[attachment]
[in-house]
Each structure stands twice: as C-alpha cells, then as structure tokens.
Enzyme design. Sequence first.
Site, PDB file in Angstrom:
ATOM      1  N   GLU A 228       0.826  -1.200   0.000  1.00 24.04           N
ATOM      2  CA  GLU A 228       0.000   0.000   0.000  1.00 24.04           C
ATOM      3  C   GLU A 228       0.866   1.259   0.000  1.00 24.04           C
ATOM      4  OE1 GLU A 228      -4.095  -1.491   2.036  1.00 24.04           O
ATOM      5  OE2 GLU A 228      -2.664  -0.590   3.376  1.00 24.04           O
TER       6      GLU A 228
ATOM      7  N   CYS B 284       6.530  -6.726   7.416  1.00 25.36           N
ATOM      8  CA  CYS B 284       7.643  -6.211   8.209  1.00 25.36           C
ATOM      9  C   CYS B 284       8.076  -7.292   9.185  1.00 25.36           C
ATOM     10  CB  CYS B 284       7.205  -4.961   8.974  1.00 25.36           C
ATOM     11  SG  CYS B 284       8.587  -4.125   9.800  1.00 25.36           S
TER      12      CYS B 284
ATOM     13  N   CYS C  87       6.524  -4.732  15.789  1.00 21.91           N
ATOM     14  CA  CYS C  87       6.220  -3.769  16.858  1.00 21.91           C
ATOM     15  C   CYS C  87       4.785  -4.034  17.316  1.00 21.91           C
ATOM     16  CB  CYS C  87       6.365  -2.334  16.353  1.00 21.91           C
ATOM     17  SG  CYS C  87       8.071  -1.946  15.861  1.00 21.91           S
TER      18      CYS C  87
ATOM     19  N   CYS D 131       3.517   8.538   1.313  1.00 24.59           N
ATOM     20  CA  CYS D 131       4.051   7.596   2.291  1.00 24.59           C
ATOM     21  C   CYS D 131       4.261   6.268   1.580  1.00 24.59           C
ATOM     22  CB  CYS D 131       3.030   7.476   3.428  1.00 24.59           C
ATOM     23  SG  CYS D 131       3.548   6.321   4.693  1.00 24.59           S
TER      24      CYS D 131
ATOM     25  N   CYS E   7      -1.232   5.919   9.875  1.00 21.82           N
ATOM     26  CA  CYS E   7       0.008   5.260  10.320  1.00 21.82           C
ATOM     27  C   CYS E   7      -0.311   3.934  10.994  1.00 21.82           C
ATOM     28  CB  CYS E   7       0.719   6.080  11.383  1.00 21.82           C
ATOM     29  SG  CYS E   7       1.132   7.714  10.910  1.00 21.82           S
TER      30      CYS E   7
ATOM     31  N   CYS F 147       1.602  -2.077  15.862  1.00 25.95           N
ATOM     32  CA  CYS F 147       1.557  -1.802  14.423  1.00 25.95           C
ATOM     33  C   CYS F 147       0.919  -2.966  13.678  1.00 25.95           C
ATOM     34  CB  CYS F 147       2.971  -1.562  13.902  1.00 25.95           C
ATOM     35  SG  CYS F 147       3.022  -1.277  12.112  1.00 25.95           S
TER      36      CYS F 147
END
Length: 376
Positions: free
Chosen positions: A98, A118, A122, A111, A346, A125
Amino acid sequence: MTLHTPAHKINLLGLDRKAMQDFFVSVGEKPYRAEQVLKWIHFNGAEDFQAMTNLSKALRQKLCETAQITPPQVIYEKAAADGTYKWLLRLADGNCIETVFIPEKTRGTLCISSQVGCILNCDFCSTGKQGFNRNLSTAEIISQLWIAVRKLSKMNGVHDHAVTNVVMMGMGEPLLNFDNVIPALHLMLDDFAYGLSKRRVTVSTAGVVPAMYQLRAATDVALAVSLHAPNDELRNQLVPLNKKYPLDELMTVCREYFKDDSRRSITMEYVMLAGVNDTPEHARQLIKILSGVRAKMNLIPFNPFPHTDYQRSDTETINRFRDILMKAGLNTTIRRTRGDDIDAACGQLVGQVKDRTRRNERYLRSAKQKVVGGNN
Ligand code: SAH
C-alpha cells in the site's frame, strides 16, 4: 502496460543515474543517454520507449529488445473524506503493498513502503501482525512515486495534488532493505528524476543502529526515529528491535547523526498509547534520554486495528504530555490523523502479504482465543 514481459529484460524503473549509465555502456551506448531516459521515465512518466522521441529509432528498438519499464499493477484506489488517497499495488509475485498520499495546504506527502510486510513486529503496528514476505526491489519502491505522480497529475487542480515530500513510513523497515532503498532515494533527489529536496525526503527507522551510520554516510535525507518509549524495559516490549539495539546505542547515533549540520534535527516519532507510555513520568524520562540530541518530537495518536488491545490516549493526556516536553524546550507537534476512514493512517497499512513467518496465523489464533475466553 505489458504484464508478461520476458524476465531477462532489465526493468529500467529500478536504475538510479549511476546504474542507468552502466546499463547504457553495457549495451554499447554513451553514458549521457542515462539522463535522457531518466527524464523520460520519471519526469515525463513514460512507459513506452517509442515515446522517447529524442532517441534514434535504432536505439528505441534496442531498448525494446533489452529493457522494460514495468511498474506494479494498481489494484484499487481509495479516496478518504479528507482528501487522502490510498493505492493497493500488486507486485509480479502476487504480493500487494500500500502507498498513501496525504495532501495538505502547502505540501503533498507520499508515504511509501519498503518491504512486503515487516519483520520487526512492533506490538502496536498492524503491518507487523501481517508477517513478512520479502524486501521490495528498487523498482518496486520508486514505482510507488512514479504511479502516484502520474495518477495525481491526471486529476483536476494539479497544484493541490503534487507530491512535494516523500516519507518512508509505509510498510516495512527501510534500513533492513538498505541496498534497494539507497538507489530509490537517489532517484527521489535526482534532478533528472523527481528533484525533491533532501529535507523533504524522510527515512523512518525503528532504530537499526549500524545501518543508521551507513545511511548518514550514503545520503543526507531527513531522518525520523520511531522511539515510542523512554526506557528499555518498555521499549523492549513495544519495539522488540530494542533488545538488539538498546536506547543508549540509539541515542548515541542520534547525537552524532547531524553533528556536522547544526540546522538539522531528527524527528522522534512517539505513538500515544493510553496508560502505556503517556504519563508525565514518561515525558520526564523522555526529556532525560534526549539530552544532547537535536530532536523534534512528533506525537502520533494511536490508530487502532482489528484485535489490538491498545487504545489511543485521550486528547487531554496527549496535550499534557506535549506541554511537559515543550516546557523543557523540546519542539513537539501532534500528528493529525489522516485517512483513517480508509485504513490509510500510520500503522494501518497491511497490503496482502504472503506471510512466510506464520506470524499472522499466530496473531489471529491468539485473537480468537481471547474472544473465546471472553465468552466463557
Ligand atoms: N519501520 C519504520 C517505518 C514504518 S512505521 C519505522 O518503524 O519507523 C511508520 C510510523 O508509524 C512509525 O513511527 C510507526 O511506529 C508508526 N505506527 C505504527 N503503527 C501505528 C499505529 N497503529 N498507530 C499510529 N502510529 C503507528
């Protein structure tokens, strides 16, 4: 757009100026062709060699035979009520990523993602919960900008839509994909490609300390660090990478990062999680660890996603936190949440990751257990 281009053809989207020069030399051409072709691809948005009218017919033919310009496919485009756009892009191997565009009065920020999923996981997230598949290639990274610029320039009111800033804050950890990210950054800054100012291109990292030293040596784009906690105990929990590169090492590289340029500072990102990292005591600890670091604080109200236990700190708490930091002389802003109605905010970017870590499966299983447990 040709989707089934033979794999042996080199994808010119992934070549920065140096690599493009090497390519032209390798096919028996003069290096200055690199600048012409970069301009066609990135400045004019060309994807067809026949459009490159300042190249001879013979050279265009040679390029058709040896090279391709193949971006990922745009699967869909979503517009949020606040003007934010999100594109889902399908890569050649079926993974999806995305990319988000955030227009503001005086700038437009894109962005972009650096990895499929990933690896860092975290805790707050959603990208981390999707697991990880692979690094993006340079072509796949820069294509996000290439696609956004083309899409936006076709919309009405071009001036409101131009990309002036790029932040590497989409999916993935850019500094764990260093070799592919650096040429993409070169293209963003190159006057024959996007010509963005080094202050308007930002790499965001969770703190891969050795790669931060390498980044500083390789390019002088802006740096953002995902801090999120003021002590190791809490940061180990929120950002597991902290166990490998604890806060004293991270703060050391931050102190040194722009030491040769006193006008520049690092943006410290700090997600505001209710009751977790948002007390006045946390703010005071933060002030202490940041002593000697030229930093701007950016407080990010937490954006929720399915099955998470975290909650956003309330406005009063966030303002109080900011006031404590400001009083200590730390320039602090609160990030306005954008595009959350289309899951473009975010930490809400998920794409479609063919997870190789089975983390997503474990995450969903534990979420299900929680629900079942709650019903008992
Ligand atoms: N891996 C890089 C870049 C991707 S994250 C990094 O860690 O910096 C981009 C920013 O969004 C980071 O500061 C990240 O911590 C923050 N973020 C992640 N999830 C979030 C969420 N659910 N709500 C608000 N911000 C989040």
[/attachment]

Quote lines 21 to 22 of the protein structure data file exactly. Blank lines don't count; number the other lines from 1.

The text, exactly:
ATOM     17  SG  CYS C  87       8.071  -1.946  15.861  1.00 21.91           S
TER      18      CYS C  87